Does Fat Grafting Influence Postoperative Edema in Orthognathic Surgery?

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Autologous fat grafting is a useful adjunctive procedure to orthognathic surgery and may also confer anti-inflammatory properties. The purpose of this study is to answer the clinical question: among patients undergoing orthognathic operations, what are the effects of fat grafting on facial edema (magnitude, duration, and rate of decrease)?


A retrospective cohort study was performed. Three-dimensional photos (Canfield, Fairfield, NJ) from preoperative and a series of postprocedure time-points were analyzed. The data set was divided into a fat-grafted cohort and a non-fat-grafted cohort and later analyzed using paired and unpaired t tests and linear regressions to determine significant correlations.


One hundred sixteen pre- and postoperative three-dimensional photo data sets were included. The sample included 29 subjects. The facial volume was analyzed both overall and comparing each subgroup (orthognathic vs. orthognathic + fat grafting group). Postoperative facial volume increase averaged 23.7% for the entire cohort (FG and nFG). By week 12, the swelling decreased about 62% from baseline. In all patients, there was a statistically significant decrease in facial volume with time. In the fat-grafted group, despite adding volume, the facial volume was equal to the non-fat-grafted group at week 1, yet the rate of decrease was faster through week 12.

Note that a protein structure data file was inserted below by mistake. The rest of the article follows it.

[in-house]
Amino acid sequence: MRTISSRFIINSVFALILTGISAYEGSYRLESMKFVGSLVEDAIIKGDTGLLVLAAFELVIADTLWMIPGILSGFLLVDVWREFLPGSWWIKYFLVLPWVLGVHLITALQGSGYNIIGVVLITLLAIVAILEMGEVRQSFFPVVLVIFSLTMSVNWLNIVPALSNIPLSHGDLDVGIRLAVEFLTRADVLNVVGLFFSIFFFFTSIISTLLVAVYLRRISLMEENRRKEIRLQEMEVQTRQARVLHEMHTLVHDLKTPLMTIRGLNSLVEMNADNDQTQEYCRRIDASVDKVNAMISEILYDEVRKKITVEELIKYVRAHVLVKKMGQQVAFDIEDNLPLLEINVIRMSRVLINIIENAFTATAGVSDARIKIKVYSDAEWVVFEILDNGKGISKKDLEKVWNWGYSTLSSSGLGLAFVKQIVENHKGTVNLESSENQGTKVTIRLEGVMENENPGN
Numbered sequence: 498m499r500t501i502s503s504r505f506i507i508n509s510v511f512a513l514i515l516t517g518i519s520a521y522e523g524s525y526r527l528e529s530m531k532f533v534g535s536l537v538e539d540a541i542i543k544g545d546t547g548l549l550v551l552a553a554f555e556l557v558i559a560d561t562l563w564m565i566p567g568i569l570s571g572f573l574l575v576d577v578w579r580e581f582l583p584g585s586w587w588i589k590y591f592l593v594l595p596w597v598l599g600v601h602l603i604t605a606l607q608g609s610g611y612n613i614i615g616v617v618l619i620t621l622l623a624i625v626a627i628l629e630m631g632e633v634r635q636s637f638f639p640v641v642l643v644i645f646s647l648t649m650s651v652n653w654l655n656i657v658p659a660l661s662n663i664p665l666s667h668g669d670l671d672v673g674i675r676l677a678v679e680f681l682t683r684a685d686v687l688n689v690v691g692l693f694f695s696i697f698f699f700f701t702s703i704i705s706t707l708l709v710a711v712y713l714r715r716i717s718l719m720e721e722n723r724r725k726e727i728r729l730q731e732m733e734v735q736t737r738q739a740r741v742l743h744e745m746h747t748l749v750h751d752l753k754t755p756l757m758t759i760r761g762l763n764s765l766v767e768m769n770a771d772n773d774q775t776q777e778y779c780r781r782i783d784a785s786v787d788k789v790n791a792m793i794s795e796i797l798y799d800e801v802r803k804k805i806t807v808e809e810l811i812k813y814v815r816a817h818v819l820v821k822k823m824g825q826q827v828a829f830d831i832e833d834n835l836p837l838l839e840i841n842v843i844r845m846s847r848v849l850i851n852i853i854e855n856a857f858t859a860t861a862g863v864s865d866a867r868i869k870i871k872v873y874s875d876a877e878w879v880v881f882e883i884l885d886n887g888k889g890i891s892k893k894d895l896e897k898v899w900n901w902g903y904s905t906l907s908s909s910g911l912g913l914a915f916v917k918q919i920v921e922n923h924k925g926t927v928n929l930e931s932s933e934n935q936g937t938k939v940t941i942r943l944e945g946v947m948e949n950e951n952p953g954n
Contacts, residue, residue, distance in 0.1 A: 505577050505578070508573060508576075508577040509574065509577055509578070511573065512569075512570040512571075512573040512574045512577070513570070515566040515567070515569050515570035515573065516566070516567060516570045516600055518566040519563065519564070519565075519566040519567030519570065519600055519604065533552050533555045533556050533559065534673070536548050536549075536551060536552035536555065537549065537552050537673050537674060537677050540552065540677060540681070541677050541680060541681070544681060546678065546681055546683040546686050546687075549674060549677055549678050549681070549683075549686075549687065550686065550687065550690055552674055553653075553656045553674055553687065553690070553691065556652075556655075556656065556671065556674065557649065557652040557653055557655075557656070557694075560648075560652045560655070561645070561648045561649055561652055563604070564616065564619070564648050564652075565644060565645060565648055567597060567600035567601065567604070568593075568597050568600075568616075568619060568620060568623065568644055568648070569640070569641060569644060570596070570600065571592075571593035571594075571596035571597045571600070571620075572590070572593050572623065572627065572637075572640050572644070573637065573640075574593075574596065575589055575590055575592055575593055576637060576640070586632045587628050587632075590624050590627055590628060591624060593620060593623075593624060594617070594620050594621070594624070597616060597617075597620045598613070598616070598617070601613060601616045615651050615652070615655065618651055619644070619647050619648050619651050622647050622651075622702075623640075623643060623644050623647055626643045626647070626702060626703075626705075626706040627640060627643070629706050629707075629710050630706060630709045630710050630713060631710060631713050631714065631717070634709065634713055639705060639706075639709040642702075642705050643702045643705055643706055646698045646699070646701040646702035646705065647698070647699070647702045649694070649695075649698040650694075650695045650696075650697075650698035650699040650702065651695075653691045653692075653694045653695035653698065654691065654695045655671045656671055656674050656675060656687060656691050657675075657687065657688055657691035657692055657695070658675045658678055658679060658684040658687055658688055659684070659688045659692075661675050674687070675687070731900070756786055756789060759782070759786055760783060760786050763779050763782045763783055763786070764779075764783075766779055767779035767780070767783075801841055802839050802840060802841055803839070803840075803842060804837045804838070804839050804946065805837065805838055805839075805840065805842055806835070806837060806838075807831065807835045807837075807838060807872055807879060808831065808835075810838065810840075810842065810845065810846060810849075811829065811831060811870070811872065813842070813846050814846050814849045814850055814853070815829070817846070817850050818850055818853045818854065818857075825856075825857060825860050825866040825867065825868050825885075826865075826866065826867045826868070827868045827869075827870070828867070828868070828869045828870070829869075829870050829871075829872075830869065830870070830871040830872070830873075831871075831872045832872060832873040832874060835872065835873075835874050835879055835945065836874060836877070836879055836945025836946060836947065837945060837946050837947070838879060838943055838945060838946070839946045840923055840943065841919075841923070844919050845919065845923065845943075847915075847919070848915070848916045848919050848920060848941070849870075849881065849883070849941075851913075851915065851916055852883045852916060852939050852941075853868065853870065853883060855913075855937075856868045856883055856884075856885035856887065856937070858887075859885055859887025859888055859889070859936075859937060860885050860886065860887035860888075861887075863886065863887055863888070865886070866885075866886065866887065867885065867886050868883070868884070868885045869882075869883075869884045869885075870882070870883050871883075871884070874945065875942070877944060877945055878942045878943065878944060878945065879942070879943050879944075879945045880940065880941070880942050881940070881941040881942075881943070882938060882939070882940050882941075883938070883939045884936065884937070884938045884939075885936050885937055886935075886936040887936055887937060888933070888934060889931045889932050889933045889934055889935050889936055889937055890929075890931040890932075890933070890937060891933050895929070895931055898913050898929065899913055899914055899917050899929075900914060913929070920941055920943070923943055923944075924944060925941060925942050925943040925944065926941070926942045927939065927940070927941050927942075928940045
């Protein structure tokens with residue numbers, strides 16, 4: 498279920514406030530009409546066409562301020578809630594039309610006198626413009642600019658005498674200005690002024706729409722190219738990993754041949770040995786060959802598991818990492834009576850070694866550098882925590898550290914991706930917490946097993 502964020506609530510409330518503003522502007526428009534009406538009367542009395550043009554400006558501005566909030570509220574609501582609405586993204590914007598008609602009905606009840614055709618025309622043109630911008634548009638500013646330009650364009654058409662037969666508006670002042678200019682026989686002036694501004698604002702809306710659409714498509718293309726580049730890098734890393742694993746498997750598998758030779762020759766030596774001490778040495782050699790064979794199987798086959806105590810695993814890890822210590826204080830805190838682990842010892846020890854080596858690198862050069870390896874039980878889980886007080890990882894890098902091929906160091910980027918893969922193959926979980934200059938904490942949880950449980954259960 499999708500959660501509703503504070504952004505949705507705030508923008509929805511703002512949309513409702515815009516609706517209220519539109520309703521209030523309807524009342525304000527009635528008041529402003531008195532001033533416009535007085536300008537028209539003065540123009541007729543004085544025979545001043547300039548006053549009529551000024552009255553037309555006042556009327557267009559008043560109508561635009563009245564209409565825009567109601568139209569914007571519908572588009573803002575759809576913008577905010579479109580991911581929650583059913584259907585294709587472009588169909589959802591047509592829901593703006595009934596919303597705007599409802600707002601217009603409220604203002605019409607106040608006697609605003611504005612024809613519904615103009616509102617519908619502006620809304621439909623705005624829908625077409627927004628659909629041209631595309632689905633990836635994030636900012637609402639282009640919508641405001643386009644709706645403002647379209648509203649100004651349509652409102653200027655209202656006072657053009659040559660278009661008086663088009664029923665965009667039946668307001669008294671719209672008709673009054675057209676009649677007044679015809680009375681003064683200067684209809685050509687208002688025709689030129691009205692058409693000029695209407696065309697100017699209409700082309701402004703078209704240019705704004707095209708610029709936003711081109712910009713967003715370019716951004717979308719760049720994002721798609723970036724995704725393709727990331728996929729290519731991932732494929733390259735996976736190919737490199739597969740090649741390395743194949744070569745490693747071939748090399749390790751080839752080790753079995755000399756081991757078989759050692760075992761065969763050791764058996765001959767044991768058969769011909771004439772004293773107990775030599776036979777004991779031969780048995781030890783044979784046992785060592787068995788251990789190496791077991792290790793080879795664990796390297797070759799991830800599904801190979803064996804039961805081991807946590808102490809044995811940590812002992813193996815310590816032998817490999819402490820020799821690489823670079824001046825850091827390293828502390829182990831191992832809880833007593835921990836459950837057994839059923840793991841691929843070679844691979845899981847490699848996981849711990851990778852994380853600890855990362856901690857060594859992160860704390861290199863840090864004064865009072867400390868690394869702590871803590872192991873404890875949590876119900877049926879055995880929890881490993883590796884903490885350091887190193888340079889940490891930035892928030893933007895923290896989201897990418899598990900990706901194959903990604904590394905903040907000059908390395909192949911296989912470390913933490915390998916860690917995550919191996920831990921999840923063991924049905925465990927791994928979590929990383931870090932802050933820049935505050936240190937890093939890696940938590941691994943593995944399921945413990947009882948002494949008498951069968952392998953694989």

The majority of postoperative facial edema decreases by 12 weeks following orthognathic surgery. In this cohort of patients, despite the addition of volume, concurrent fat grafting lessened postoperative edema, and led to a greater magnitude and speed of resolution.

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